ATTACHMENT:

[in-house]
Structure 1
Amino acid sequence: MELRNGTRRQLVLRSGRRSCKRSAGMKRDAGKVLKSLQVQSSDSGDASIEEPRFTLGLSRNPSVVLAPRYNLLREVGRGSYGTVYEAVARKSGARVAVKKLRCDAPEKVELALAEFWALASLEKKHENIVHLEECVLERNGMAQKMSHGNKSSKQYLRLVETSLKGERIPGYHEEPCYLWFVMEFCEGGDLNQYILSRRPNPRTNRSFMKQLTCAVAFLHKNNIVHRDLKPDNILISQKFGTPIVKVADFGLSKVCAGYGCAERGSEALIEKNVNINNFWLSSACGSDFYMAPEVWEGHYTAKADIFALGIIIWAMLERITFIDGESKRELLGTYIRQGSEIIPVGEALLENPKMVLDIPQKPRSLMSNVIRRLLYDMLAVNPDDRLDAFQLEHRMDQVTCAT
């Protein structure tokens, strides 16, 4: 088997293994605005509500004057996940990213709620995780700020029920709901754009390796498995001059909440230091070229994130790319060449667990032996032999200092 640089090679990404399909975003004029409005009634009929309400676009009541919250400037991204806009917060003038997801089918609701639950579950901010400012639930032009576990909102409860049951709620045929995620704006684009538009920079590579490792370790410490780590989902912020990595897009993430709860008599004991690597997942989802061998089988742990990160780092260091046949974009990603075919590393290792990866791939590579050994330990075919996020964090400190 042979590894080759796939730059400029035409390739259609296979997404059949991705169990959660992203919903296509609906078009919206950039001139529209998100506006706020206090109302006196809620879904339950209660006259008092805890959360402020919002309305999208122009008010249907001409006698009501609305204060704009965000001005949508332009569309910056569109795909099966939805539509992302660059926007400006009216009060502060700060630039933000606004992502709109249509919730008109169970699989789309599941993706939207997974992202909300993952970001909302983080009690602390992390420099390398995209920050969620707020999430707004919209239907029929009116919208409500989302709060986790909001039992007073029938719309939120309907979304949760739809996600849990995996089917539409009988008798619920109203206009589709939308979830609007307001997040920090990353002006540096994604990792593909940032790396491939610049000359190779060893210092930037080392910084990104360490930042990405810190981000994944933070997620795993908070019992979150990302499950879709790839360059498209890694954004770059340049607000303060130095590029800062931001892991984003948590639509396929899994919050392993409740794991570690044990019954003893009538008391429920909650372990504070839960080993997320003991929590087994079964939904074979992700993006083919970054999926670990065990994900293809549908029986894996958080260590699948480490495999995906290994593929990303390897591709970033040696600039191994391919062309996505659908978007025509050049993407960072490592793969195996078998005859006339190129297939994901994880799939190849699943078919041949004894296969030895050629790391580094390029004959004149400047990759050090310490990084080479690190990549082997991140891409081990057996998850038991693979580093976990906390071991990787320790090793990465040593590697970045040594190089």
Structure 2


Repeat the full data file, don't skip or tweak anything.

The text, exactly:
[in-house]
Structure 1
Amino acid sequence: MELRNGTRRQLVLRSGRRSCKRSAGMKRDAGKVLKSLQVQSSDSGDASIEEPRFTLGLSRNPSVVLAPRYNLLREVGRGSYGTVYEAVARKSGARVAVKKLRCDAPEKVELALAEFWALASLEKKHENIVHLEECVLERNGMAQKMSHGNKSSKQYLRLVETSLKGERIPGYHEEPCYLWFVMEFCEGGDLNQYILSRRPNPRTNRSFMKQLTCAVAFLHKNNIVHRDLKPDNILISQKFGTPIVKVADFGLSKVCAGYGCAERGSEALIEKNVNINNFWLSSACGSDFYMAPEVWEGHYTAKADIFALGIIIWAMLERITFIDGESKRELLGTYIRQGSEIIPVGEALLENPKMVLDIPQKPRSLMSNVIRRLLYDMLAVNPDDRLDAFQLEHRMDQVTCAT
């Protein structure tokens, strides 16, 4: 088997293994605005509500004057996940990213709620995780700020029920709901754009390796498995001059909440230091070229994130790319060449667990032996032999200092 640089090679990404399909975003004029409005009634009929309400676009009541919250400037991204806009917060003038997801089918609701639950579950901010400012639930032009576990909102409860049951709620045929995620704006684009538009920079590579490792370790410490780590989902912020990595897009993430709860008599004991690597997942989802061998089988742990990160780092260091046949974009990603075919590393290792990866791939590579050994330990075919996020964090400190 042979590894080759796939730059400029035409390739259609296979997404059949991705169990959660992203919903296509609906078009919206950039001139529209998100506006706020206090109302006196809620879904339950209660006259008092805890959360402020919002309305999208122009008010249907001409006698009501609305204060704009965000001005949508332009569309910056569109795909099966939805539509992302660059926007400006009216009060502060700060630039933000606004992502709109249509919730008109169970699989789309599941993706939207997974992202909300993952970001909302983080009690602390992390420099390398995209920050969620707020999430707004919209239907029929009116919208409500989302709060986790909001039992007073029938719309939120309907979304949760739809996600849990995996089917539409009988008798619920109203206009589709939308979830609007307001997040920090990353002006540096994604990792593909940032790396491939610049000359190779060893210092930037080392910084990104360490930042990405810190981000994944933070997620795993908070019992979150990302499950879709790839360059498209890694954004770059340049607000303060130095590029800062931001892991984003948590639509396929899994919050392993409740794991570690044990019954003893009538008391429920909650372990504070839960080993997320003991929590087994079964939904074979992700993006083919970054999926670990065990994900293809549908029986894996958080260590699948480490495999995906290994593929990303390897591709970033040696600039191994391919062309996505659908978007025509050049993407960072490592793969195996078998005859006339190129297939994901994880799939190849699943078919041949004894296969030895050629790391580094390029004959004149400047990759050090310490990084080479690190990549082997991140891409081990057996998850038991693979580093976990906390071991990787320790090793990465040593590697970045040594190089």
Structure 2